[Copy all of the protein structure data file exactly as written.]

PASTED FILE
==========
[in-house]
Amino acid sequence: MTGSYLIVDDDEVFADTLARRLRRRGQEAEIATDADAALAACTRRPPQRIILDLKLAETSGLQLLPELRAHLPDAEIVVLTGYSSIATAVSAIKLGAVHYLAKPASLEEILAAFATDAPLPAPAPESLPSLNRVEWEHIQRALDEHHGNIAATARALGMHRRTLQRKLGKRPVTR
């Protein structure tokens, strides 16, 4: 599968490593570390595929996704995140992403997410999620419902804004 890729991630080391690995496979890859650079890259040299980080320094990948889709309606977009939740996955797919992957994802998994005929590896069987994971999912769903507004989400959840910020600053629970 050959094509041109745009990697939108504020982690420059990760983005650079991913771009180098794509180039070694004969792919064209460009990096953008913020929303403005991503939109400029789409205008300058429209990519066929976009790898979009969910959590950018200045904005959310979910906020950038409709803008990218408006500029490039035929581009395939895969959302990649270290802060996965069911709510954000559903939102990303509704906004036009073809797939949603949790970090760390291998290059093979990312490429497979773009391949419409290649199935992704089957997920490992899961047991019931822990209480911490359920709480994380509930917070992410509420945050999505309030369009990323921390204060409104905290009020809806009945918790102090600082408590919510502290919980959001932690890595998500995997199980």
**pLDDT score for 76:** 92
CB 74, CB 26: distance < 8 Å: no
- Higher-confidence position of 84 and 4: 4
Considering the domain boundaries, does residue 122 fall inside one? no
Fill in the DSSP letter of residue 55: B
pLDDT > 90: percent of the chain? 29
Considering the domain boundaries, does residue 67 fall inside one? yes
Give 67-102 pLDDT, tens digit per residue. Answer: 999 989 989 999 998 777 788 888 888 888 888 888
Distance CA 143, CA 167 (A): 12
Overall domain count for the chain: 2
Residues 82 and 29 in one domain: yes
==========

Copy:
[in-house]
Amino acid sequence: MTGSYLIVDDDEVFADTLARRLRRRGQEAEIATDADAALAACTRRPPQRIILDLKLAETSGLQLLPELRAHLPDAEIVVLTGYSSIATAVSAIKLGAVHYLAKPASLEEILAAFATDAPLPAPAPESLPSLNRVEWEHIQRALDEHHGNIAATARALGMHRRTLQRKLGKRPVTR
């Protein structure tokens, strides 16, 4: 599968490593570390595929996704995140992403997410999620419902804004 890729991630080391690995496979890859650079890259040299980080320094990948889709309606977009939740996955797919992957994802998994005929590896069987994971999912769903507004989400959840910020600053629970 050959094509041109745009990697939108504020982690420059990760983005650079991913771009180098794509180039070694004969792919064209460009990096953008913020929303403005991503939109400029789409205008300058429209990519066929976009790898979009969910959590950018200045904005959310979910906020950038409709803008990218408006500029490039035929581009395939895969959302990649270290802060996965069911709510954000559903939102990303509704906004036009073809797939949603949790970090760390291998290059093979990312490429497979773009391949419409290649199935992704089957997920490992899961047991019931822990209480911490359920709480994380509930917070992410509420945050999505309030369009990323921390204060409104905290009020809806009945918790102090600082408590919510502290919980959001932690890595998500995997199980």
**pLDDT score for 76:** 92
CB 74, CB 26: distance < 8 Å: no
- Higher-confidence position of 84 and 4: 4
Considering the domain boundaries, does residue 122 fall inside one? no
Fill in the DSSP letter of residue 55: B
pLDDT > 90: percent of the chain? 29
Considering the domain boundaries, does residue 67 fall inside one? yes
Give 67-102 pLDDT, tens digit per residue. Answer: 999 989 989 999 998 777 788 888 888 888 888 888
Distance CA 143, CA 167 (A): 12
Overall domain count for the chain: 2
Residues 82 and 29 in one domain: yes